Celebrating the vital role of fisheries in feeding the world’s growing population, and promoting the importance of maintaining healthy and sustainable ocean ecosystems are the key focus areas this World Fisheries Day.
Minister for Agriculture, Fisheries and Forestry Murray Watt used the occasion to highlight Australia’s role as an international leader in sustainable fisheries management as well as the strong performance of Australia’s fishing and aquaculture sectors.
“Seafood has long been an important staple food for cultures and communities here in Australia and across the globe,” Minister Watt said.
“Today, the world’s fisheries are more critical than ever in guaranteeing food security and nutrition.
“Australians know this better than most, and our fisheries managers, scientists and responsible fishers are working to ensure that our Commonwealth-managed fisheries continue to remain sustainable in a changing climate.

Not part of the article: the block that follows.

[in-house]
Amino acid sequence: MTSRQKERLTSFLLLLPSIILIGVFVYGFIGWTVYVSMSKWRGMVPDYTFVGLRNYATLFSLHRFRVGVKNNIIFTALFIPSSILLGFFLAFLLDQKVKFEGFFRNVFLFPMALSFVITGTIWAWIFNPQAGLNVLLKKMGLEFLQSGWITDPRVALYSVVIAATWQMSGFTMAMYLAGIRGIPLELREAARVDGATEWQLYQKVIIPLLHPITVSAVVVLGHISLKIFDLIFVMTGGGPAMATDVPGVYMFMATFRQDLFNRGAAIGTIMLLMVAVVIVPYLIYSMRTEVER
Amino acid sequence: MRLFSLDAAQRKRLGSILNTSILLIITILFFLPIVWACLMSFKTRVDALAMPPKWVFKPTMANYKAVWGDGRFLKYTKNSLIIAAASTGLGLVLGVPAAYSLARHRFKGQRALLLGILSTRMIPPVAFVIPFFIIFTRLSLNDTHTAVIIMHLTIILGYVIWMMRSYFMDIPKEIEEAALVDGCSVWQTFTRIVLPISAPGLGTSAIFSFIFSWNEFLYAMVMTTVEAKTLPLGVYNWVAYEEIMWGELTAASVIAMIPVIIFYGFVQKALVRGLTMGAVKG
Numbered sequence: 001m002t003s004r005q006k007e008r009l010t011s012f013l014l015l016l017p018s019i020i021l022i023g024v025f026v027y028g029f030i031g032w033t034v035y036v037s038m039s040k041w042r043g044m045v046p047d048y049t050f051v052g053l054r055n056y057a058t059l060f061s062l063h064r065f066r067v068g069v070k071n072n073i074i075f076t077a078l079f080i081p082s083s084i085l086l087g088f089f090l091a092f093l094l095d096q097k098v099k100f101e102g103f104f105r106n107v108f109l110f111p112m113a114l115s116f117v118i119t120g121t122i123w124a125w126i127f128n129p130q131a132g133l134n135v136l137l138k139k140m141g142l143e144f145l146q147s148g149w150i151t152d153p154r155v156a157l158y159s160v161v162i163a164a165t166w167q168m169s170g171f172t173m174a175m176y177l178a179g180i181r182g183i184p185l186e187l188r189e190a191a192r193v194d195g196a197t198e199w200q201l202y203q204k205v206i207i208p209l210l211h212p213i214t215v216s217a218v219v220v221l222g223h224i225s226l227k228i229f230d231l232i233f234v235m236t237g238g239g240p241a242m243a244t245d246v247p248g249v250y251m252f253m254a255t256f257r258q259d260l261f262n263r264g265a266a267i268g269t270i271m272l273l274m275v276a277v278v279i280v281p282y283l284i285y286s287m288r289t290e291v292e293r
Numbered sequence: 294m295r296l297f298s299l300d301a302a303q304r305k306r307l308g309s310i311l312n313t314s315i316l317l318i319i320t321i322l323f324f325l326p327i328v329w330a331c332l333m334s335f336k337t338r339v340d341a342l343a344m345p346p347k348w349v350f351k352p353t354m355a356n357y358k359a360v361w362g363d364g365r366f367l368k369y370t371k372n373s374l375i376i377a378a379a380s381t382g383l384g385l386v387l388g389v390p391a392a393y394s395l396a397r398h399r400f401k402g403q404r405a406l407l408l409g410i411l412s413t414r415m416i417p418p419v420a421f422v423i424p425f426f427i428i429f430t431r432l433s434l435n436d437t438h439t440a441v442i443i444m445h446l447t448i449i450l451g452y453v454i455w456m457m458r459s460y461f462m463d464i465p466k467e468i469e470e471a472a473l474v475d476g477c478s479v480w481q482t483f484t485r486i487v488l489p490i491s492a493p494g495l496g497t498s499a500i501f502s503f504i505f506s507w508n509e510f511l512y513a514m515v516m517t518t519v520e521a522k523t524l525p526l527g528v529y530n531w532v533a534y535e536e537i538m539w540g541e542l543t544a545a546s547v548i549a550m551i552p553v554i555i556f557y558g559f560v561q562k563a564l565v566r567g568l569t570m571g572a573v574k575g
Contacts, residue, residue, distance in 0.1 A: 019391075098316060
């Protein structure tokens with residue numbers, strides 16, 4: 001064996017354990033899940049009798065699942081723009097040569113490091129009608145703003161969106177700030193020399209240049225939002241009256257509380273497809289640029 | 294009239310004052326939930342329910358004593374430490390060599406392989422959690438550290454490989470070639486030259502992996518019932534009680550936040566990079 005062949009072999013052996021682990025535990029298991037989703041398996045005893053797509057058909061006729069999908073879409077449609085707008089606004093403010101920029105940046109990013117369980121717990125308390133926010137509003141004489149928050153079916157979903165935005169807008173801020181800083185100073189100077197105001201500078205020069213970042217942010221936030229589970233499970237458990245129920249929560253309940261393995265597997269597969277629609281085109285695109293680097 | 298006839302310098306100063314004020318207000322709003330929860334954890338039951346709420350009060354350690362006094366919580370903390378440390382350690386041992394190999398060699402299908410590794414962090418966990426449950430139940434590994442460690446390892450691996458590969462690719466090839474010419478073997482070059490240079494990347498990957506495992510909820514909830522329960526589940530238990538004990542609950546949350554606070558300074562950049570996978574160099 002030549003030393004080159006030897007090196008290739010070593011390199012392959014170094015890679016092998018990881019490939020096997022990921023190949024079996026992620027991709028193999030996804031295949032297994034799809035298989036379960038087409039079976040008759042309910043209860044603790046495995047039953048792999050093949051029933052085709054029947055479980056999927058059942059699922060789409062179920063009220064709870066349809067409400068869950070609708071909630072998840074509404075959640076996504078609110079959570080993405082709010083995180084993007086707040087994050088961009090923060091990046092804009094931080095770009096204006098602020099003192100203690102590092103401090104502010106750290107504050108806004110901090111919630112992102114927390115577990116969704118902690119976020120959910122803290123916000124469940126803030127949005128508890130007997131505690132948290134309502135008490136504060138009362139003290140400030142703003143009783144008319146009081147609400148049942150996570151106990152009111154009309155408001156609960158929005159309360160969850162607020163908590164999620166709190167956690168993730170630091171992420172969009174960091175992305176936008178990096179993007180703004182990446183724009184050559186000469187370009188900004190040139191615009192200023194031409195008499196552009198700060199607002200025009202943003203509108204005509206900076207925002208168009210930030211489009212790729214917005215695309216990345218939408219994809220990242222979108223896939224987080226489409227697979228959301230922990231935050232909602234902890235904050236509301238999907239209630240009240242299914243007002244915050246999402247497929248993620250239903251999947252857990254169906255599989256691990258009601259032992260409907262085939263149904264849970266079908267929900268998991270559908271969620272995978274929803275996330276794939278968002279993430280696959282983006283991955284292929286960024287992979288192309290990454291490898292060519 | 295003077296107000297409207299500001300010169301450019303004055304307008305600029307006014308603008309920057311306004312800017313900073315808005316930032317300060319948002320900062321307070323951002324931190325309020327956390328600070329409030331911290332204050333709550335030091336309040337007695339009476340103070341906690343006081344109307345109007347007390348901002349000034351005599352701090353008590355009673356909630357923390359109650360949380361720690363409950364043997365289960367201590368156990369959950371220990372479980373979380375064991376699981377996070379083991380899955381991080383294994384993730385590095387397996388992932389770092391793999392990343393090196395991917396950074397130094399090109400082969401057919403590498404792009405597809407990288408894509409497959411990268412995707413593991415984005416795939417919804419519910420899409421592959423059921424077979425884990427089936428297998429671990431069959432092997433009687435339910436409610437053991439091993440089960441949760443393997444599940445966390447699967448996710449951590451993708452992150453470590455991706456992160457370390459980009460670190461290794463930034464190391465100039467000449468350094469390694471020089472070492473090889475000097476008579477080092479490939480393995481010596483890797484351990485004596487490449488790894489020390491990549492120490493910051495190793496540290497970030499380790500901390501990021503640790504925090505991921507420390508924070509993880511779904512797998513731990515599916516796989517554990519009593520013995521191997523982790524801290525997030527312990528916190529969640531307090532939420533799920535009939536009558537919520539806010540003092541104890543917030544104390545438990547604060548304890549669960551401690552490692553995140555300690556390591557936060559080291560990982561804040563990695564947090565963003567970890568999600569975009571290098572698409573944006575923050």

“Sustainable fisheries management is a global responsibility, and Australia is a world leader in discouraging illegal, unreported and unregulated (IUU) fishing practices, which often result in overfishing and the degradation of marine ecosystems.
“We’re looking at measures to prevent the IUU seafood from reaching Australia and will soon seek input from industry, research bodies, governments, NGOs, and the community on how this is best managed.”
Last year, our thriving fisheries and aquaculture sectors had a gross value of production of approximately $3.6 billion, exported $1.4 billion worth of seafood and employed more than 14,000 people.
Minister Watt said with the industry in good shape overall, it was now time to look to the future to ensure it continued to grow.
“In October, I joined with representatives of Seafood Industry Australia and the Blue Economy Cooperative Research Centre in Hobart to launch the Futures of Seafood project, contributing $450,000 in federal funding.”
“The project will look at ways we can support business certainty and sustainable growth opportunities for the seafood industry by looking at the impacts of emerging marine activities and climate change pressures on fishing and aquaculture.
“I’m proud that Australians can celebrate World Fisheries Day with seafood that is safe, sustainably-sourced and will be enjoyed for generations to come.”